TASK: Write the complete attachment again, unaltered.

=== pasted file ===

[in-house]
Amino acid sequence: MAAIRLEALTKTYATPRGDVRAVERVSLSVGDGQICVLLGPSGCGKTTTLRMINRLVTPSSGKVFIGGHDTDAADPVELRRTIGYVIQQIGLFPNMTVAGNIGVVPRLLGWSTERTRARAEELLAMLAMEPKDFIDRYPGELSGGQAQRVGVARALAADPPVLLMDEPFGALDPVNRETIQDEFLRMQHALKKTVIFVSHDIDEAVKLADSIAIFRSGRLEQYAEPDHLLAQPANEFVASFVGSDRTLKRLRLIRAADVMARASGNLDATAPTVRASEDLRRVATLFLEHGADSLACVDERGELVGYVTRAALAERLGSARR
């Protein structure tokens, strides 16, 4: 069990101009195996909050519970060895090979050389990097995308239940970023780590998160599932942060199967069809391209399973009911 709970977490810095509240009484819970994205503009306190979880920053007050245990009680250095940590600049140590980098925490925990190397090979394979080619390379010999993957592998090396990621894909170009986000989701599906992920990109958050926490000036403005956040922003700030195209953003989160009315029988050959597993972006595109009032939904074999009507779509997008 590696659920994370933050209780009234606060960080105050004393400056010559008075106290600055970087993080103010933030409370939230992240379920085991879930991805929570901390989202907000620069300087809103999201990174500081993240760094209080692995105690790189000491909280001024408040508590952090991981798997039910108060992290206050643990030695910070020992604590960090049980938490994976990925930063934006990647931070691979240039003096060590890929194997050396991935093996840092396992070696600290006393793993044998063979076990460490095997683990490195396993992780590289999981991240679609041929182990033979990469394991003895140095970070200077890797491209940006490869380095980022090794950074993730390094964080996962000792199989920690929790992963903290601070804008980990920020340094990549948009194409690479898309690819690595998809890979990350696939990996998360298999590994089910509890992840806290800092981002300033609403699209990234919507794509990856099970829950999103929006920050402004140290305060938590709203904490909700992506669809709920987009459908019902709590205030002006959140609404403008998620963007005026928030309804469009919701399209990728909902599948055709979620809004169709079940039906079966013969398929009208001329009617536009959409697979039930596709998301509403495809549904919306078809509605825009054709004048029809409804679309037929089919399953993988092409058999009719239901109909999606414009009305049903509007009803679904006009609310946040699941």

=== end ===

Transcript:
[in-house]
Amino acid sequence: MAAIRLEALTKTYATPRGDVRAVERVSLSVGDGQICVLLGPSGCGKTTTLRMINRLVTPSSGKVFIGGHDTDAADPVELRRTIGYVIQQIGLFPNMTVAGNIGVVPRLLGWSTERTRARAEELLAMLAMEPKDFIDRYPGELSGGQAQRVGVARALAADPPVLLMDEPFGALDPVNRETIQDEFLRMQHALKKTVIFVSHDIDEAVKLADSIAIFRSGRLEQYAEPDHLLAQPANEFVASFVGSDRTLKRLRLIRAADVMARASGNLDATAPTVRASEDLRRVATLFLEHGADSLACVDERGELVGYVTRAALAERLGSARR
């Protein structure tokens, strides 16, 4: 069990101009195996909050519970060895090979050389990097995308239940970023780590998160599932942060199967069809391209399973009911 709970977490810095509240009484819970994205503009306190979880920053007050245990009680250095940590600049140590980098925490925990190397090979394979080619390379010999993957592998090396990621894909170009986000989701599906992920990109958050926490000036403005956040922003700030195209953003989160009315029988050959597993972006595109009032939904074999009507779509997008 590696659920994370933050209780009234606060960080105050004393400056010559008075106290600055970087993080103010933030409370939230992240379920085991879930991805929570901390989202907000620069300087809103999201990174500081993240760094209080692995105690790189000491909280001024408040508590952090991981798997039910108060992290206050643990030695910070020992604590960090049980938490994976990925930063934006990647931070691979240039003096060590890929194997050396991935093996840092396992070696600290006393793993044998063979076990460490095997683990490195396993992780590289999981991240679609041929182990033979990469394991003895140095970070200077890797491209940006490869380095980022090794950074993730390094964080996962000792199989920690929790992963903290601070804008980990920020340094990549948009194409690479898309690819690595998809890979990350696939990996998360298999590994089910509890992840806290800092981002300033609403699209990234919507794509990856099970829950999103929006920050402004140290305060938590709203904490909700992506669809709920987009459908019902709590205030002006959140609404403008998620963007005026928030309804469009919701399209990728909902599948055709979620809004169709079940039906079966013969398929009208001329009617536009959409697979039930596709998301509403495809549904919306078809509605825009054709004048029809409804679309037929089919399953993988092409058999009719239901109909999606414009009305049903509007009803679904006009609310946040699941």